Study of youths and violence is shelved, but research critics are still upset


WASHINGTON -- The Clinton administration may have shelved a controversial $400 million study to determine what makes some youngsters turn violent, but with government research on the causes of violence continuing, critics aren't likely to go away.

Without fanfare, the administration recently bowed to pressure from black community groups and members of Congress and dropped the Youth Violence Initiative, which was created last year by Louis W. Sullivan, the secretary of Health and Human Services in the Bush administration.

Dr. Sullivan wanted to approach violence as a public health crisis, similar to the way government once attacked smallpox and now tries to combat AIDS, but critics claimed that the approach would unfairly target inner-city minority residents.

The five-year plan would have tried to determine which children were most likely to commit violent acts and develop special programs to help them that would involve parents, teachers, schools and possible psychiatric treatment.

Controversy over the initiative began in February 1992, when Frederick Goodwin, the government's top psychiatrist, who oversees an agency that funds violence research, said in a speech that the nation's inner cities were like "jungles" where violent and "hyperaggressive monkeys . . . knock each other off."

Critics condemned Dr. Goodwin's remarks and said the initiative was biased because some research focused on minority children. Some claimed that researchers were trying to prove that minorities are biologically prone to commit violence.

Others said treating violence as a health issue obscured the roots of urban upheaval -- drugs, poverty, bad schools and the breakdown of the family.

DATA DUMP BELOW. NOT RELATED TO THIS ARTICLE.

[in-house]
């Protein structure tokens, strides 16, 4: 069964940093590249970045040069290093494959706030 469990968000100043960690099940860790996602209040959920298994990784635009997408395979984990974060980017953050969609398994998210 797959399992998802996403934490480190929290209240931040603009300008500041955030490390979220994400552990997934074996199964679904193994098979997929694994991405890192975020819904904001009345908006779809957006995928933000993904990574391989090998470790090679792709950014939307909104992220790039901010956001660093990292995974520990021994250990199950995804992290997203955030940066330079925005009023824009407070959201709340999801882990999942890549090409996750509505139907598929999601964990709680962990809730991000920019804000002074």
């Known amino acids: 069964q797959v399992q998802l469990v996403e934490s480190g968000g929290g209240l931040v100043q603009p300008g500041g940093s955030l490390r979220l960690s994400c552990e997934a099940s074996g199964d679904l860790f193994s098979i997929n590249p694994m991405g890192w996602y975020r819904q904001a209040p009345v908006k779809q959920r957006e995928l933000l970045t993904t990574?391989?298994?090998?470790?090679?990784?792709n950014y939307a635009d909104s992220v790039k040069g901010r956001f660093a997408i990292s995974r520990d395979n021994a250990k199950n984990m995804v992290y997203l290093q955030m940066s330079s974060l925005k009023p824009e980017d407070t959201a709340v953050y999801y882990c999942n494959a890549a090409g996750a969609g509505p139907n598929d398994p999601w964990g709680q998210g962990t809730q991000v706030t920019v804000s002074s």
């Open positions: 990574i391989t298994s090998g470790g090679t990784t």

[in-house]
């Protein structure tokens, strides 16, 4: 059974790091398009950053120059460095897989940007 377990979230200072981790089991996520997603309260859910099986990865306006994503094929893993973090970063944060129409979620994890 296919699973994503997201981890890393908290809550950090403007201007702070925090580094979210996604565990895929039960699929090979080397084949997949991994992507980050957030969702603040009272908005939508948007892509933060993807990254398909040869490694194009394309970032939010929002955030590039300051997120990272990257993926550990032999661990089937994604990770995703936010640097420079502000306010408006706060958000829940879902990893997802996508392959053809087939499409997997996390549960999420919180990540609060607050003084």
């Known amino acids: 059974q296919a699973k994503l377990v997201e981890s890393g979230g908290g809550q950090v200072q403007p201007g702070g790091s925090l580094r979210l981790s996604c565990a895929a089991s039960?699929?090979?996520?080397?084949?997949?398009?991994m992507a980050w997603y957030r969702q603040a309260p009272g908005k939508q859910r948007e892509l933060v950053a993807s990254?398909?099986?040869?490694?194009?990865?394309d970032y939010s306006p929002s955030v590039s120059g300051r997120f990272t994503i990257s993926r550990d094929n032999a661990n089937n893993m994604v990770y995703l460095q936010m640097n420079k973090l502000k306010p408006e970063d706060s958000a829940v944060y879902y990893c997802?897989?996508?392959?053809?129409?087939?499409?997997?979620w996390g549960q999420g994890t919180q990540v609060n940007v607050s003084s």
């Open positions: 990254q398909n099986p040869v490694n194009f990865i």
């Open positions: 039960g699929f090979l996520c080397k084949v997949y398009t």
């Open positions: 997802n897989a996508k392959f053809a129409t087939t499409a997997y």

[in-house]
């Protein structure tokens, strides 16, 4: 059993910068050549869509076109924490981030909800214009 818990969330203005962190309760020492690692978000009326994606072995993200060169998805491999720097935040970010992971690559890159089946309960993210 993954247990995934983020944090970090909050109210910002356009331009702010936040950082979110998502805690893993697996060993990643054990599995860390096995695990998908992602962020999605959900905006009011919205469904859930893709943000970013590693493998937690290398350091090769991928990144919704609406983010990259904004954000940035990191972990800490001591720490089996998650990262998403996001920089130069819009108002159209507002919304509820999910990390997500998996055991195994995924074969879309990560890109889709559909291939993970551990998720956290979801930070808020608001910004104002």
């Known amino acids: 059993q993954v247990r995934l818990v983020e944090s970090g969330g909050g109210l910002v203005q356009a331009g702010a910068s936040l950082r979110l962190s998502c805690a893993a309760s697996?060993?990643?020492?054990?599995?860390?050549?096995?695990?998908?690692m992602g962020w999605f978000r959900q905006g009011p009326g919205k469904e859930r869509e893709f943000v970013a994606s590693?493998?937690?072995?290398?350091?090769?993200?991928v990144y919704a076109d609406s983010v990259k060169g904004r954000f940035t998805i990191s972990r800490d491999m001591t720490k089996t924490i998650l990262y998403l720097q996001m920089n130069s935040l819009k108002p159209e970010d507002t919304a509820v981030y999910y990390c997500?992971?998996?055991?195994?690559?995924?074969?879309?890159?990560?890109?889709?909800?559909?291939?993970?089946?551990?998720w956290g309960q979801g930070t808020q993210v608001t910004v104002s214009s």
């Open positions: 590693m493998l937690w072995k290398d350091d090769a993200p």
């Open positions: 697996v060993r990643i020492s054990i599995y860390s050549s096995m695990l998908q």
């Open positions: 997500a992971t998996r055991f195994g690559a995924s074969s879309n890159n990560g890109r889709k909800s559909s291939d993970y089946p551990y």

Dr. Sullivan, who is black, denied the racism charges. Moreover, no government attempts to link violence with race were found by panel Dr. Sullivan convened to look into the charges or by a General Accounting Office review requested by Rep. John Conyers Jr., D-Mich.

Some critics disputed those findings, and the lingering controversy apparently spurred the new administration to scrap the program.

"If it has been stopped completely, that's most unfortunate," Dr. Sullivan said in an interview last week.

"We have too many lives of our young men in our minority communities that are being snuffed out and too many who are being injured," said Dr. Sullivan, now president of the Morehouse College School of Medicine in Atlanta.

Government statistics report that 2.2 million people are victims of violence each year, including 20,000 who are murdered.

"We can't ignore the fact that homicide is the second leading cause of death among 15- to 24-year-olds and that among black youth, it's the leading cause of death," said Jim Mercy, chief of the epidemiology branch in a division of the Centers for Disease Control and Prevention in Atlanta.

The Clinton administration has not yet proposed an alternative approach to one of the gravest crises in America. HHS spokesman Campbell Gardett said Secretary Donna Shalala intends to develop a plan because she believes that youth violence "is not only a significant problem, but a significant health problem."

Mr. Gardett said that Dr. Sullivan urged Ms. Shalala to go forward with his proposal but that she is considering other options, including focusing on preventing violent injury to young children.

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